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Amani Money Brown (left), great-granddaughter of evangelist Patricia Curry of The Voice Church (right), recites the offering prayer during the 91st Annual Interfaith Thanksgiving Service hosted by the Sixth Ward Ministries at ArtsAltoona on Thursday evening. The theme of the program was “Journey of Gratitude”. Mirror photo of Linden Markley

People of various faiths and congregations gathered at ArtsAltoona Sanctuary for the 91st Annual Interfaith Service of Thanksgiving hosted by the Sixth Ward Ministries on Thursday evening.

About 30 people attended the service, which included prayers, stories and musical selections from participating congregations. The purpose of the event is to give thanks from the perspective of a variety of beliefs, depending on the service program.

“It’s really important to include voices from across the spectrum of various faith traditions,” Rabbi Audrey R. Korotkin, one of the service organizers, said. “We give people a whole range of opportunities to share.”

The service theme was “Journey of Gratitude” which Korotkin, of Temple Beth Israel in Altoona, described as an opportunity to enjoy the blessings of life and the responsibility of participants to share that gratitude.

Bishop Michael Becker of St. John the Evangelist Catholic Church, Lakemont, shared an opening statement on the theme, which moved through concentric circles of gratitude that extended outward.

Left to right: Evangelist Patricia Curry, Rabbi Dr. Audrey R. Korotkin and Monsignor Michael Becker sing a hymn during the 91st Annual Interfaith Service of Thanksgiving at ArtsAltoona Thursday evening. Mirror photo of Linden Markley

“These are the ways we are most grateful to our God for how he has blessed us,” Becker said.

The program moved through the circles with readings and prayers from each of the congregation’s leaders. Musical interludes were led by singer Dorothy Liller and pianist Earla Reffner.

An offering prayer was recited by Amani Money Brown, the great-granddaughter of one of the participating leaders, evangelist Patricia Curry of The Voice Church. The voluntary offering will be donated to Family Services Inc. of Altoona, which offers several shelters, victim support and counseling.

“It just seemed like a logical place,” said ArtsAltoona Board Chair Donna Gority. “They do a lot of good things for the community.”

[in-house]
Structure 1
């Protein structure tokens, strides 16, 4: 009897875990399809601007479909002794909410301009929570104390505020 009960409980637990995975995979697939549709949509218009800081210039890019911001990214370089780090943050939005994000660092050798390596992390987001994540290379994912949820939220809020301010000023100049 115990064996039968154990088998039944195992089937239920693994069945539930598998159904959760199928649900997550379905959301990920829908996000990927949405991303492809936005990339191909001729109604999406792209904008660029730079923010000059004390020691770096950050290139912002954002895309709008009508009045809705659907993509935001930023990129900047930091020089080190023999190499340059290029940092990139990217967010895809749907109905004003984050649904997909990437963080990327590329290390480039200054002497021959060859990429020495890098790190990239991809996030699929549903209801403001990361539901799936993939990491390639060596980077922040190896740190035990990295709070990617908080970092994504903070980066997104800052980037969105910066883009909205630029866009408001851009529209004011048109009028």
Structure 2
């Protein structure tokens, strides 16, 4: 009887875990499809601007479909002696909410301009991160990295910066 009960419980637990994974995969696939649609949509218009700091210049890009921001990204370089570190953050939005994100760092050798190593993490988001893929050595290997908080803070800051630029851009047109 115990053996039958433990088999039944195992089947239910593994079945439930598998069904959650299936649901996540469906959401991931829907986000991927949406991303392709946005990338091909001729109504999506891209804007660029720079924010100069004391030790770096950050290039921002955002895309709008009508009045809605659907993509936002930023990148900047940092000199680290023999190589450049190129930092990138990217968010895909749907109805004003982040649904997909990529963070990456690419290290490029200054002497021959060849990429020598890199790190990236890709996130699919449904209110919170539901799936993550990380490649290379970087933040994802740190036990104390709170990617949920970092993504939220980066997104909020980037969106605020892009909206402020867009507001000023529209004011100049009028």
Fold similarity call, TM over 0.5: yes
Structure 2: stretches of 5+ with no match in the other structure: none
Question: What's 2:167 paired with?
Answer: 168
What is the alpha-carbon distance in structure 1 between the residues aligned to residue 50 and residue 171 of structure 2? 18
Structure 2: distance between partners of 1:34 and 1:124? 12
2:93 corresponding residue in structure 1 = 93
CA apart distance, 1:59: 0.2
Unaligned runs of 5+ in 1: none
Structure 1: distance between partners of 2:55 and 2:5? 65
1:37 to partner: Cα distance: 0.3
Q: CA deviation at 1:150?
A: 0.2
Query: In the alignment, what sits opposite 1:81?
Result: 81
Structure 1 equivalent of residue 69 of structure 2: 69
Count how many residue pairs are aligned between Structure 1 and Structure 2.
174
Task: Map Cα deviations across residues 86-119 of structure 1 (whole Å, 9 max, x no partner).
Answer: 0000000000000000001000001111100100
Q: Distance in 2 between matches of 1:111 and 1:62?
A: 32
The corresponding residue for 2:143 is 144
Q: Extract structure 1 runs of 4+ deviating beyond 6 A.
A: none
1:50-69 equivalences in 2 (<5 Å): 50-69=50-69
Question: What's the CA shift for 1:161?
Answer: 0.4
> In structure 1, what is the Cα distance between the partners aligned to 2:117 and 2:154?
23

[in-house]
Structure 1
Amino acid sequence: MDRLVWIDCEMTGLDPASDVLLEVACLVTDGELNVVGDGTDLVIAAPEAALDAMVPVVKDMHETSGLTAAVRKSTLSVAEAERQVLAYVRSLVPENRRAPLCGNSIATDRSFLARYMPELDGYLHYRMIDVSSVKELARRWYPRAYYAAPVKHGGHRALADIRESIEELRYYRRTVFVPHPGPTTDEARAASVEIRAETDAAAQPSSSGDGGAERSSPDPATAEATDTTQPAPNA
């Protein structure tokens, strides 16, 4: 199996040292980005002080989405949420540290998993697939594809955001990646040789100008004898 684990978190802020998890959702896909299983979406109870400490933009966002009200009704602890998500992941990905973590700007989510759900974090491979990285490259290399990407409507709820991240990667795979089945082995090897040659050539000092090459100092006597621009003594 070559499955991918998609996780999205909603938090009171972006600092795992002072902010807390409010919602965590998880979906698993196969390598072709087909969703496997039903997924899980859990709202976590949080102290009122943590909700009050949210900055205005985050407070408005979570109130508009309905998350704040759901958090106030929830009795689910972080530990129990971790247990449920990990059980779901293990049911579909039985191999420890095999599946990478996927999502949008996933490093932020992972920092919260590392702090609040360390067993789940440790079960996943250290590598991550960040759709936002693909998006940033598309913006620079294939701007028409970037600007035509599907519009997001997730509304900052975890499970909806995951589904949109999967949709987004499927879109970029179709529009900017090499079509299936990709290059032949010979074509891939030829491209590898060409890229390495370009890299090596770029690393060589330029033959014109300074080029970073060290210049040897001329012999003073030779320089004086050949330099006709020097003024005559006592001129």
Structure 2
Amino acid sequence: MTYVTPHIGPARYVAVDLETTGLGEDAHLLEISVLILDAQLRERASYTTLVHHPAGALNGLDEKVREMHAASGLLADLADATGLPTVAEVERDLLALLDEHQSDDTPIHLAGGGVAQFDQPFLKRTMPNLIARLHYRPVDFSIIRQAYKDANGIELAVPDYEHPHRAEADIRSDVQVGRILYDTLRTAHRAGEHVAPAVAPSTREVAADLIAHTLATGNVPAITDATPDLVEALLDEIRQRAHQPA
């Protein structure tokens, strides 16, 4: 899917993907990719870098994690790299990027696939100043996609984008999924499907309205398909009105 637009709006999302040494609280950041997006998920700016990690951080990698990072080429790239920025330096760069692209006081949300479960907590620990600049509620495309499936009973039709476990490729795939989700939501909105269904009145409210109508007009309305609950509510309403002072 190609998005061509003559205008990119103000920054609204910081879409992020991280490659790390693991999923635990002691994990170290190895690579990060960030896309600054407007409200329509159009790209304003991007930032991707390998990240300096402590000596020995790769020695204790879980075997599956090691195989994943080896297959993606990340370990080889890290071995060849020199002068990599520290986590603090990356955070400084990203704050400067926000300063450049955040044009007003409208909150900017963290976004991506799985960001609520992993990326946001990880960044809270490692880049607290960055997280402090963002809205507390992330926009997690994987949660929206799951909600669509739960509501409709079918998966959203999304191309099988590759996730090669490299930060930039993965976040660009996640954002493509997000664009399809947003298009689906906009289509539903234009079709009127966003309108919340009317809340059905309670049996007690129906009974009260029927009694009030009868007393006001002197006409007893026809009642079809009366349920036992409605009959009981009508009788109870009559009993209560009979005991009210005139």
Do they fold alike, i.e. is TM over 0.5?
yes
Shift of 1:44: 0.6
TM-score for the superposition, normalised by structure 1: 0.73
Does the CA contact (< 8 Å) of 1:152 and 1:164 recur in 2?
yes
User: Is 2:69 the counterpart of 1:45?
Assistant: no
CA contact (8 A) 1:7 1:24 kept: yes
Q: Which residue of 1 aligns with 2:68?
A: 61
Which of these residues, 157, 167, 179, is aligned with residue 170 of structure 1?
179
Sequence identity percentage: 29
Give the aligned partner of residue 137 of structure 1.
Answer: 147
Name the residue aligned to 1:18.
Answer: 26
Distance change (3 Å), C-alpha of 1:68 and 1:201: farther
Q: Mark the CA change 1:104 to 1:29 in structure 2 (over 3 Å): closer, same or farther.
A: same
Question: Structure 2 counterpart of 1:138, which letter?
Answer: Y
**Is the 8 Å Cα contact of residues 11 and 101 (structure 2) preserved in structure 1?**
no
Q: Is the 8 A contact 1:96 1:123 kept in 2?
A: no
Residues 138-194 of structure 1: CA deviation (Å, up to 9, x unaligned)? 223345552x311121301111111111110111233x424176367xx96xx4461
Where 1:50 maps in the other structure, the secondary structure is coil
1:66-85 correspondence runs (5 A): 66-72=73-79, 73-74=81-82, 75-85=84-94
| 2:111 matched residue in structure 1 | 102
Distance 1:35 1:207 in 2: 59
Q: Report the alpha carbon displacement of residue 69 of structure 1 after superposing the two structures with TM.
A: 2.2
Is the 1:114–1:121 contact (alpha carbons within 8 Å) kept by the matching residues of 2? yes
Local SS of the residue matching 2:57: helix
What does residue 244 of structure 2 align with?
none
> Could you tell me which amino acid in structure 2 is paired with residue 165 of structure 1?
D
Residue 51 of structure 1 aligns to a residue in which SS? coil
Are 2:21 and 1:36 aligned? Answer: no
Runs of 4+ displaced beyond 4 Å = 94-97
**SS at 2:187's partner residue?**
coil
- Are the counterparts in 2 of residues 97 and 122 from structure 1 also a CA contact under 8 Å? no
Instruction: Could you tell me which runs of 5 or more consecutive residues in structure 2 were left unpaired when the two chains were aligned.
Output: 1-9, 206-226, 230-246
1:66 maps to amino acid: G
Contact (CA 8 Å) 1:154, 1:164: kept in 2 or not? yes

Gority helped organize the service, which is usually held each year at a different participating church or temple. The ArtsAltoona shrine was chosen after another location was unavailable.

The service has been held several times at the Sanctuary when it was known as Simpson-Temple United Parish, but this is its first year since ArtsAltoona donated the building in January 2020.

It is also the first time the service has been held in a space that is no longer a place of worship. Korotkin said the space, still named The Sanctuary, remains special for attendees.

“It’s a very familiar space for us and an important space for us,” said Korotkin. “It’s still the shrine and it holds a lot of memories for people.”

One participant, Deborah Aigner, has been following the Thanksgiving program for about 20 years and said she enjoys seeing different places of worship each year.

“It’s a wonderful way to celebrate Thanksgiving,” said Aigner. “And I think this year I have a lot to be thankful for.”

The interfaith Thanksgiving service is one of the oldest of its kind in the country. It was first held by Temple Beth Israel on Thanksgiving Day in 1931. According to the service schedule, more than 400 people attended this first service convened by Sixth Ward Ministries.

The service has grown to include other faiths over the years, including Buddhist, Baha’i and Muslim communities in 2019.

“We have extended the invitation to both clergy and anyone who wants to come,” said Korotkin. “It’s a sacred space, but it’s also a community space.

Father Lubomir J. Strecok of Sacred Heart Church in Altoona said he was grateful to see the in-person service again, as it was canceled or hosted online during the pandemic. He stressed the importance of tradition and his appreciation for the inclusion of all faiths in this year’s theme.

“It’s a journey of gratitude, and it’s something everyone can relate to,” Streck said. “We are all on this journey of life.”

Participating congregations this year included Temple Beth Israel; St. John the Evangelist Catholic Church; Bethany Lutheran Church, Altoona; The Church of the Voice; Juniata United Methodist Church, Altoona; Baha’i Community, Altoona; Agudath Achim Congregation, Altoona; Mount Zion Lutheran Church, Breezewood; First Presbyterian Church of Tyrone; and the Church of the Sacred Heart.

Mirror Staff Writer Linden Markley is at 814-946-7520.

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